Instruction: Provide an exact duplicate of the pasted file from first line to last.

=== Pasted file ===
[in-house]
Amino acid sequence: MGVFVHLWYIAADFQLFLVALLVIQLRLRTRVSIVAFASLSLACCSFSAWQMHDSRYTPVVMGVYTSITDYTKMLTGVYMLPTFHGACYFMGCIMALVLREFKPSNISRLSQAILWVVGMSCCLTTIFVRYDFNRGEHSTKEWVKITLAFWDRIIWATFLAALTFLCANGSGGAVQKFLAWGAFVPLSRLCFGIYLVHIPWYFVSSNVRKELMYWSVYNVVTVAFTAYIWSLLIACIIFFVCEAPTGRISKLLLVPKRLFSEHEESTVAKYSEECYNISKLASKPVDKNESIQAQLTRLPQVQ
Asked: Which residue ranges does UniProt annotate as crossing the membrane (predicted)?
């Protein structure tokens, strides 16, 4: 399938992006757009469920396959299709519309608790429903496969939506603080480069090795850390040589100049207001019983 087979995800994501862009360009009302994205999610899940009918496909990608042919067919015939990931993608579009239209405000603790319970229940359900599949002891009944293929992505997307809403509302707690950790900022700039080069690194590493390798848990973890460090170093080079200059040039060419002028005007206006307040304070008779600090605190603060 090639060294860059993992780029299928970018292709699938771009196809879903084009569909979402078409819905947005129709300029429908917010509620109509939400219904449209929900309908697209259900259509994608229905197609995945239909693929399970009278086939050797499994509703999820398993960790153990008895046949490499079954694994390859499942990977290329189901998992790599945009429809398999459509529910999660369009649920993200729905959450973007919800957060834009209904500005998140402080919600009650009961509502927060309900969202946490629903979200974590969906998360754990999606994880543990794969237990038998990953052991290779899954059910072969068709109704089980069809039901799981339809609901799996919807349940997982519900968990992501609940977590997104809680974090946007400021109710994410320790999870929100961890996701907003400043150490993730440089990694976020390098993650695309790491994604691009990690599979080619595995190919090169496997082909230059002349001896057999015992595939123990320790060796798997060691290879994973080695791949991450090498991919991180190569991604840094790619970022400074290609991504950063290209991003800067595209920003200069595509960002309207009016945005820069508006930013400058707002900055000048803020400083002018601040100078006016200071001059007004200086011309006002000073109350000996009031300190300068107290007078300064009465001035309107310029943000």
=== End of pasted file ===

[in-house]
Amino acid sequence: MGVFVHLWYIAADFQLFLVALLVIQLRLRTRVSIVAFASLSLACCSFSAWQMHDSRYTPVVMGVYTSITDYTKMLTGVYMLPTFHGACYFMGCIMALVLREFKPSNISRLSQAILWVVGMSCCLTTIFVRYDFNRGEHSTKEWVKITLAFWDRIIWATFLAALTFLCANGSGGAVQKFLAWGAFVPLSRLCFGIYLVHIPWYFVSSNVRKELMYWSVYNVVTVAFTAYIWSLLIACIIFFVCEAPTGRISKLLLVPKRLFSEHEESTVAKYSEECYNISKLASKPVDKNESIQAQLTRLPQVQ
Asked: Which residue ranges does UniProt annotate as crossing the membrane (predicted)?
């Protein structure tokens, strides 16, 4: 399938992006757009469920396959299709519309608790429903496969939506603080480069090795850390040589100049207001019983 087979995800994501862009360009009302994205999610899940009918496909990608042919067919015939990931993608579009239209405000603790319970229940359900599949002891009944293929992505997307809403509302707690950790900022700039080069690194590493390798848990973890460090170093080079200059040039060419002028005007206006307040304070008779600090605190603060 090639060294860059993992780029299928970018292709699938771009196809879903084009569909979402078409819905947005129709300029429908917010509620109509939400219904449209929900309908697209259900259509994608229905197609995945239909693929399970009278086939050797499994509703999820398993960790153990008895046949490499079954694994390859499942990977290329189901998992790599945009429809398999459509529910999660369009649920993200729905959450973007919800957060834009209904500005998140402080919600009650009961509502927060309900969202946490629903979200974590969906998360754990999606994880543990794969237990038998990953052991290779899954059910072969068709109704089980069809039901799981339809609901799996919807349940997982519900968990992501609940977590997104809680974090946007400021109710994410320790999870929100961890996701907003400043150490993730440089990694976020390098993650695309790491994604691009990690599979080619595995190919090169496997082909230059002349001896057999015992595939123990320790060796798997060691290879994973080695791949991450090498991919991180190569991604840094790619970022400074290609991504950063290209991003800067595209920003200069595509960002309207009016945005820069508006930013400058707002900055000048803020400083002018601040100078006016200071001059007004200086011309006002000073109350000996009031300190300068107290007078300064009465001035309107310029943000």